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Research Papers

Abdominal Aortic Aneurysm Risk of Rupture: Patient-Specific FSI Simulations Using Anisotropic Model

[+] Author and Article Information
Peter Rissland, Yared Alemu, Shmuel Einav

Department of Biomedical Engineering, Stony Brook University, Stony Brook, NY 11794-8181

John Ricotta

Department of Surgery, Stony Brook University Hospital, 101 Nicolls Road, Stony Brook, NY 11794-8191

Danny Bluestein1

Department of Biomedical Engineering, Stony Brook University, Stony Brook, NY 11794-8181danny.bluestein@sunysb.edu

1

Corresponding author.

J Biomech Eng 131(3), 031001 (Dec 31, 2008) (10 pages) doi:10.1115/1.3005200 History: Received January 07, 2008; Revised June 18, 2008; Published December 31, 2008

Abdominal aortic aneurysm (AAA) rupture represents a major cardiovascular risk, combining complex vascular mechanisms weakening the abdominal artery wall coupled with hemodynamic forces exerted on the arterial wall. At present, a reliable method to predict AAA rupture is not available. Recent studies have introduced fluid structure interaction (FSI) simulations using isotropic wall properties to map regions of stress concentrations developing in the aneurismal wall as a much better alternative to the current clinical criterion, which is based on the AAA diameter alone. A new anisotropic material model of AAA that closely matches observed biomechanical AAA material properties was applied to FSI simulations of patient-specific AAA geometries in order to develop a more reliable predictor for its risk of rupture. Each patient-specific geometry was studied with and without an intraluminal thrombus (ILT) using two material models—the more commonly used isotropic material model and an anisotropic material model—to delineate the ILT contribution and the dependence of stress distribution developing within the aneurismal wall on the material model employed. Our results clearly indicate larger stress values for the anisotropic material model and a broader range of stress values as compared to the isotropic material, indicating that the latter may underestimate the risk of rupture. While the locations of high and low stresses are consistent in both material models, the differences between the anisotropic and isotropic models become pronounced at large values of strain—a range that becomes critical when the AAA risk of rupture is imminent. As the anisotropic model more closely matches the biomechanical behavior of the AAA wall and resolves directional strength ambiguities, we conclude that it offers a more reliable predictor of AAA risk of rupture.

Copyright © 2009 by American Society of Mechanical Engineers
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References

Figures

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Figure 1

(a) and (c) show the MMS depiction of patient A and B AAA geometries as obtained from CT scans, respectively. (b) and (d) depict the resulting reconstructed mesh geometries, respectively. The geometries are cross sectioned to expose the ILT region and the AAA wall and lumen.

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Figure 2

Stress-strain relationship of the simulated biaxial testing using the orthotropic material model as compared to the experimental results from Ref. 21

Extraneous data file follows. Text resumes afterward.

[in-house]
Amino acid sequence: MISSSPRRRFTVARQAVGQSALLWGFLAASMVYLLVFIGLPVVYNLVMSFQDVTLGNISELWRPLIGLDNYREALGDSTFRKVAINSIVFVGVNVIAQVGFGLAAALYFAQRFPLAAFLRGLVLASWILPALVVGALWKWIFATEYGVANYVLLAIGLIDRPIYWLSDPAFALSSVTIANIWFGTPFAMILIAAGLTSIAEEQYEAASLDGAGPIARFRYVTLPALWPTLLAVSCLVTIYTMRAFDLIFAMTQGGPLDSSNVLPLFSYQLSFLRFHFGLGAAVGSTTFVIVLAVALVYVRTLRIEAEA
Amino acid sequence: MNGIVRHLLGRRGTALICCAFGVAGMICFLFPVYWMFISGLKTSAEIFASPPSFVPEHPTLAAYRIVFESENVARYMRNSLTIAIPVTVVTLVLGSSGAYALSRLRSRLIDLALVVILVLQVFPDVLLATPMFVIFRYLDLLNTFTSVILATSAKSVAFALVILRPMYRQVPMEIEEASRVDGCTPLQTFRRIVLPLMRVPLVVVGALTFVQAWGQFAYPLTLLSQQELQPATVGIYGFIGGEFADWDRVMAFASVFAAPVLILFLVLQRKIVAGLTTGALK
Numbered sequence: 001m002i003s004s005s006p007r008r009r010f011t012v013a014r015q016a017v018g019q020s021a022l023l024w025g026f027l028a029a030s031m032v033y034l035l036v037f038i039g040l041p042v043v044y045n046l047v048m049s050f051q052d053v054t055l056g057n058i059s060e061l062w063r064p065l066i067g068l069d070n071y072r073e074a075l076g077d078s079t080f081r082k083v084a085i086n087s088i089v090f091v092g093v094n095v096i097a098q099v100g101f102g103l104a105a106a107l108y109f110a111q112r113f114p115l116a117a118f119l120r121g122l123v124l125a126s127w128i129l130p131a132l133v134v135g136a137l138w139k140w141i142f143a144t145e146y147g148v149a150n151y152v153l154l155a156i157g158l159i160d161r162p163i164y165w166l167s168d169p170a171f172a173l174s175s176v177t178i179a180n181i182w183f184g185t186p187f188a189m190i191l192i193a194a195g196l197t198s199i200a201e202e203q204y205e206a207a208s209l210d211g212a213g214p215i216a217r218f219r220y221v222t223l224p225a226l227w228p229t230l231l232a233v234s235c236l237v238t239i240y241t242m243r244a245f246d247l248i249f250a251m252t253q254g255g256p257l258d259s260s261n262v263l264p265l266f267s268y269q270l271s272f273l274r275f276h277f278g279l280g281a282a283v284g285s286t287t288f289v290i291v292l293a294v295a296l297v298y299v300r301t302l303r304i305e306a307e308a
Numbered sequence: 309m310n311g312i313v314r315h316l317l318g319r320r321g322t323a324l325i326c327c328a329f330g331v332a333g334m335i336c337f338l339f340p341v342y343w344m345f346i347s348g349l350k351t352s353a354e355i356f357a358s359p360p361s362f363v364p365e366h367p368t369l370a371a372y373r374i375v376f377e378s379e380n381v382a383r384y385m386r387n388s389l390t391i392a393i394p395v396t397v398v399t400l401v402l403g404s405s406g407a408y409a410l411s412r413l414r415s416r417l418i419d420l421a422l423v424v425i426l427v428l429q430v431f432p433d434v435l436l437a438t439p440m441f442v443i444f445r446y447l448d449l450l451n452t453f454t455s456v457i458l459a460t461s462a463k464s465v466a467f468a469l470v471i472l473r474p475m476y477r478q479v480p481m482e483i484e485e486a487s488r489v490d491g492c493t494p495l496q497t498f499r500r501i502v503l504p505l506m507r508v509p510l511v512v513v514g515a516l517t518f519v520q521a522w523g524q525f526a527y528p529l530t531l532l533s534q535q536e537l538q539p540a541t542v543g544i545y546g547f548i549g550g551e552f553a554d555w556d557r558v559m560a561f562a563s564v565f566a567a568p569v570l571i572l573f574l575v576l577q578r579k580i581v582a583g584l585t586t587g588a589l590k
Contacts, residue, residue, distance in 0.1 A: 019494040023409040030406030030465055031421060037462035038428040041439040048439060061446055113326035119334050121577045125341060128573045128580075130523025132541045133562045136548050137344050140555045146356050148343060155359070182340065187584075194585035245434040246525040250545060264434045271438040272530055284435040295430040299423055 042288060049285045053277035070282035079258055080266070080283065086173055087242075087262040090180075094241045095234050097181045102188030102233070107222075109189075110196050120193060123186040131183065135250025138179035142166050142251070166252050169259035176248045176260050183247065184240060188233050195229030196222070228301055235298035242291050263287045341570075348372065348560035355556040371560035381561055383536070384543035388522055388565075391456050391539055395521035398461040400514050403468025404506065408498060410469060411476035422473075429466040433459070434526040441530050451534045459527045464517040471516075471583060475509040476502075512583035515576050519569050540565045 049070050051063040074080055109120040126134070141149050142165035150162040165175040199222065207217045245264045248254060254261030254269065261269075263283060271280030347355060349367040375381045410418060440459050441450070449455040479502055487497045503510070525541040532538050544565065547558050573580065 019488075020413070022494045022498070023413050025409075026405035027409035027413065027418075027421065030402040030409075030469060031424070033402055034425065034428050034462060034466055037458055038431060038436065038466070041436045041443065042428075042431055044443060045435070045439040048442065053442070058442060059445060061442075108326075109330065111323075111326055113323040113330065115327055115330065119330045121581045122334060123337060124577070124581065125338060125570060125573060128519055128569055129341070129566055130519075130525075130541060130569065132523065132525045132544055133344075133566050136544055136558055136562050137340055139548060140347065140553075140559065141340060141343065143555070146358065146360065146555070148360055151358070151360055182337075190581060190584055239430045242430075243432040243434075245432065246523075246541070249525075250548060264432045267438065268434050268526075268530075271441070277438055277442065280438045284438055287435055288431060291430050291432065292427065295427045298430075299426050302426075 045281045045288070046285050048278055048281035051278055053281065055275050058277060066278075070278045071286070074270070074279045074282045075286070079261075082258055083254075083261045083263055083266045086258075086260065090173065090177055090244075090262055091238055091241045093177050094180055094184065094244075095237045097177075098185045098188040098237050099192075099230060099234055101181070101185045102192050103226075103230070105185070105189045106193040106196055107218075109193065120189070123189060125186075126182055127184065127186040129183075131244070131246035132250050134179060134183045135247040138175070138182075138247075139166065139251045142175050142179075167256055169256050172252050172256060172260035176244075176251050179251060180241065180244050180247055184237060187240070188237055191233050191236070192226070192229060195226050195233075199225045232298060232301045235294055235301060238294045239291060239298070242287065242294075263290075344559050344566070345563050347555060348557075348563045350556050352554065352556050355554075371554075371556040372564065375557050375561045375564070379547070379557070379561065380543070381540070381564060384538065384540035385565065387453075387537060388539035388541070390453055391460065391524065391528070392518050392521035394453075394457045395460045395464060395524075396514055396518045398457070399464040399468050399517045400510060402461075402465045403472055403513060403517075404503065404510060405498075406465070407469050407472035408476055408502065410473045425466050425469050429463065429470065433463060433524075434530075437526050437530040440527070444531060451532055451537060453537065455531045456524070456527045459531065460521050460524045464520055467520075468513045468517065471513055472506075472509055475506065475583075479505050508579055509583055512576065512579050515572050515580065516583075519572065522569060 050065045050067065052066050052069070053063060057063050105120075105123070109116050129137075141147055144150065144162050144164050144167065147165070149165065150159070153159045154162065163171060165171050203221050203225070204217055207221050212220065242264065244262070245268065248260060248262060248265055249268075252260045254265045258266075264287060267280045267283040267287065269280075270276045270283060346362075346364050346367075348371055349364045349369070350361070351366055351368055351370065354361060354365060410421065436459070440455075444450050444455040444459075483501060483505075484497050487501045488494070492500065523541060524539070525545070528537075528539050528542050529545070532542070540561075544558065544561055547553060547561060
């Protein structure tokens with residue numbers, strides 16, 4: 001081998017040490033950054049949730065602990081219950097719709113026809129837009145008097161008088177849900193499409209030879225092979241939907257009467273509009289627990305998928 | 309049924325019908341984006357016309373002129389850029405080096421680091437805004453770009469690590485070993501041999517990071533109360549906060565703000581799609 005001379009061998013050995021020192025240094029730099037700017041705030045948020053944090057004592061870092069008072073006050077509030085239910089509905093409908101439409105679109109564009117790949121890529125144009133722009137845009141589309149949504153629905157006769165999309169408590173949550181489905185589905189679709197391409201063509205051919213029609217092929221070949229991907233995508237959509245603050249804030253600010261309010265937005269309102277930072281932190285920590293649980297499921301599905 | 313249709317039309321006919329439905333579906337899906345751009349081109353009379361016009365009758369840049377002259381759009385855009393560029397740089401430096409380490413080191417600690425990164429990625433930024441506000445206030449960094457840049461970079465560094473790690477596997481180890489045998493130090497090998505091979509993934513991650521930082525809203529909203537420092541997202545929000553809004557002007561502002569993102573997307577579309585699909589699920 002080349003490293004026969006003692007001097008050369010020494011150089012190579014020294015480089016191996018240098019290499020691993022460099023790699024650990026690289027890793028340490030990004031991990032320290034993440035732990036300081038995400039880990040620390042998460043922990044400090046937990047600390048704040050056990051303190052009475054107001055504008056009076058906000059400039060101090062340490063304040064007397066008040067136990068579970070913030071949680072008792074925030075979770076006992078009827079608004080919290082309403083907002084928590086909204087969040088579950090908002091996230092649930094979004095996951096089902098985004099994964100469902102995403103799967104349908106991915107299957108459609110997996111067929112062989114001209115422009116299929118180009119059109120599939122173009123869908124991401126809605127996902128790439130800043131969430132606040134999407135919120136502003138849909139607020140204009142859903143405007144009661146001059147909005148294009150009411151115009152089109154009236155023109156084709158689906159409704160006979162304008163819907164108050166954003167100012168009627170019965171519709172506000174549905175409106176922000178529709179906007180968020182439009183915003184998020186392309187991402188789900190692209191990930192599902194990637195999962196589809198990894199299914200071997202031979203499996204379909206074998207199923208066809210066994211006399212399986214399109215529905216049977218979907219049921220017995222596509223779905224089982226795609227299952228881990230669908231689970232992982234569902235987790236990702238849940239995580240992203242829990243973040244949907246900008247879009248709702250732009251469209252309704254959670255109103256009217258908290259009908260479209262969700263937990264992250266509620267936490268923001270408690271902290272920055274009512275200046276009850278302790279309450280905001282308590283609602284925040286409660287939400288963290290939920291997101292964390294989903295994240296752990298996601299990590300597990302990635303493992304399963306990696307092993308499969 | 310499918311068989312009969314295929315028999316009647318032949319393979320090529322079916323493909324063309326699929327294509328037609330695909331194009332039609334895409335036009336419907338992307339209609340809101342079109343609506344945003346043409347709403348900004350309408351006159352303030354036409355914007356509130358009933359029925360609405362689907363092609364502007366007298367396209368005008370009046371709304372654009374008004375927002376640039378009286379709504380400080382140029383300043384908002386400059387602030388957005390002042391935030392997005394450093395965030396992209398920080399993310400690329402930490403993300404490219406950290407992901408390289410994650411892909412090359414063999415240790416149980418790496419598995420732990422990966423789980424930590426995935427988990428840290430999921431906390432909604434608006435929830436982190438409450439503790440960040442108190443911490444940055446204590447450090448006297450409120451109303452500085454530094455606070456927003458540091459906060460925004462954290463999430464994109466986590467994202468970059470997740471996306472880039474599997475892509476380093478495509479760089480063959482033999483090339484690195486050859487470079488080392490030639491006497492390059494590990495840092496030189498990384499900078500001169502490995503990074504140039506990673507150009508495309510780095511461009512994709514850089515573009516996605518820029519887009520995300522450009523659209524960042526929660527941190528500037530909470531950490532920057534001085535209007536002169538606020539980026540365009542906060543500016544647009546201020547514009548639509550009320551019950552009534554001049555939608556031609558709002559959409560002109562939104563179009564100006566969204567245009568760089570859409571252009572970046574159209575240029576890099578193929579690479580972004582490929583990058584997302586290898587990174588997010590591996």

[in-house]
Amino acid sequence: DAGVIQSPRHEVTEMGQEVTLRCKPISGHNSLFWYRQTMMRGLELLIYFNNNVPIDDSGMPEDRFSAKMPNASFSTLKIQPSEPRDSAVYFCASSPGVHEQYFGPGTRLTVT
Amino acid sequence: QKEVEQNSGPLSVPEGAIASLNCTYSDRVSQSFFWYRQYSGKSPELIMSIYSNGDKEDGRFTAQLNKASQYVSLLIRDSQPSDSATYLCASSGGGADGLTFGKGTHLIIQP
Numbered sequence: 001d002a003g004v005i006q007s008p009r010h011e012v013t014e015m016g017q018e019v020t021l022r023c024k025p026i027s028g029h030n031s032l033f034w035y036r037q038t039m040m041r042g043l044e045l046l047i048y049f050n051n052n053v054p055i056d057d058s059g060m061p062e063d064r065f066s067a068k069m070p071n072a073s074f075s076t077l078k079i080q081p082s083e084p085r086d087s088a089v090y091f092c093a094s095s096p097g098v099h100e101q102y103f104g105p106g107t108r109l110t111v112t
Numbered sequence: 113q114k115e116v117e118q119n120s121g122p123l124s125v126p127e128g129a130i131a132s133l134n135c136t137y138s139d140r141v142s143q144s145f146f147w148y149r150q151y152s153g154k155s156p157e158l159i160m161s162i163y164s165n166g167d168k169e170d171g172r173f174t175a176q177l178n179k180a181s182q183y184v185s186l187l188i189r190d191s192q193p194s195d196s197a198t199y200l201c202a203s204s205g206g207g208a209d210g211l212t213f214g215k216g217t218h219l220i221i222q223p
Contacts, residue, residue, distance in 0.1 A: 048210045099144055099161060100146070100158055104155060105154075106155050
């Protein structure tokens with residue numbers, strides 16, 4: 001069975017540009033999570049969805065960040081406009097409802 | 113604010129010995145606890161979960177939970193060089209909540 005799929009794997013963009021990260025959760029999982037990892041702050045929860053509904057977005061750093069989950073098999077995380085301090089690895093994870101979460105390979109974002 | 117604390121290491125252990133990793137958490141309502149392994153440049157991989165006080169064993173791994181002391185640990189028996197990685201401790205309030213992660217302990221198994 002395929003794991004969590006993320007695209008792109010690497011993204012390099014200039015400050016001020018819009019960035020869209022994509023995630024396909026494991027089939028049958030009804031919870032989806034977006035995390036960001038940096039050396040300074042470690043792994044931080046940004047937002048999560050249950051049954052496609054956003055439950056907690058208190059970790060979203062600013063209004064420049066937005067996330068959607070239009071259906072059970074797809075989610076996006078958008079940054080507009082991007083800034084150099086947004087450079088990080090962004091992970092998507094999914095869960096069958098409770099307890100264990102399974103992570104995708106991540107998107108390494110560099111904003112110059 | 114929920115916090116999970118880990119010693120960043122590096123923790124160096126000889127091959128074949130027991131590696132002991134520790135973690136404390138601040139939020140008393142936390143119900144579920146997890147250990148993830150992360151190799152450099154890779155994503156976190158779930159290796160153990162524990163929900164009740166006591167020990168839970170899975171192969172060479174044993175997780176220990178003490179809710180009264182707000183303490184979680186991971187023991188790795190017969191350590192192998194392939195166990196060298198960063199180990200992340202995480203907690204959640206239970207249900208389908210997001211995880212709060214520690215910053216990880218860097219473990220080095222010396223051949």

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Figure 3

Velocity (a) and pressure (b) waveforms imposed at the inlet and outlet (reproduced from Ref. 29). Inlet peak systolic flow occurs at 0.25s and peak systolic pressure occurs at 0.32s.

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Figure 4

Differences in wall motion between the two material models employed

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Figure 5

Patient A and patient B velocity vectors flow fields (coronal cross-sectional view)

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Figure 6

Patient A wall von Mises stresses at peak systolic pressure for the isotropic model with ILT

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Figure 7

Patient A wall von Mises stresses at peak systolic pressure for the anisotropic model with ILT

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Figure 8

Patient A wall von Mises stresses at peak systolic pressure for the isotropic model without ILT

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Figure 9

Patient A wall von Mises stresses at peak systolic pressure for the anisotropic model without ILT

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Figure 10

Maximum and averaged von Mises over the entire wall for patient A: (a) with ILT and (b) without ILT. Lines represent the anisotropic model and isotropic model (according to the legend).

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Figure 11

Patient B von Mises stress at the outer wall for the isotropic material with ILT at peak systolic pressure

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Figure 12

Patient B von Mises stress at the outer wall for the anisotropic material with ILT at peak systolic pressure

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Figure 15

Maximum and averaged von Mises stress over the entire wall for patient B: (a) with ILT (b) without ILT. Lines represent the anisotropic model and the isotropic model (according to the legend).

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Figure 14

Patient B von Mises stress at the outer wall for the anisotropic material without ILT at peak systolic pressure

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Figure 13

Patient B von Mises stress at the outer wall for the isotropic material without ILT at peak systolic pressure

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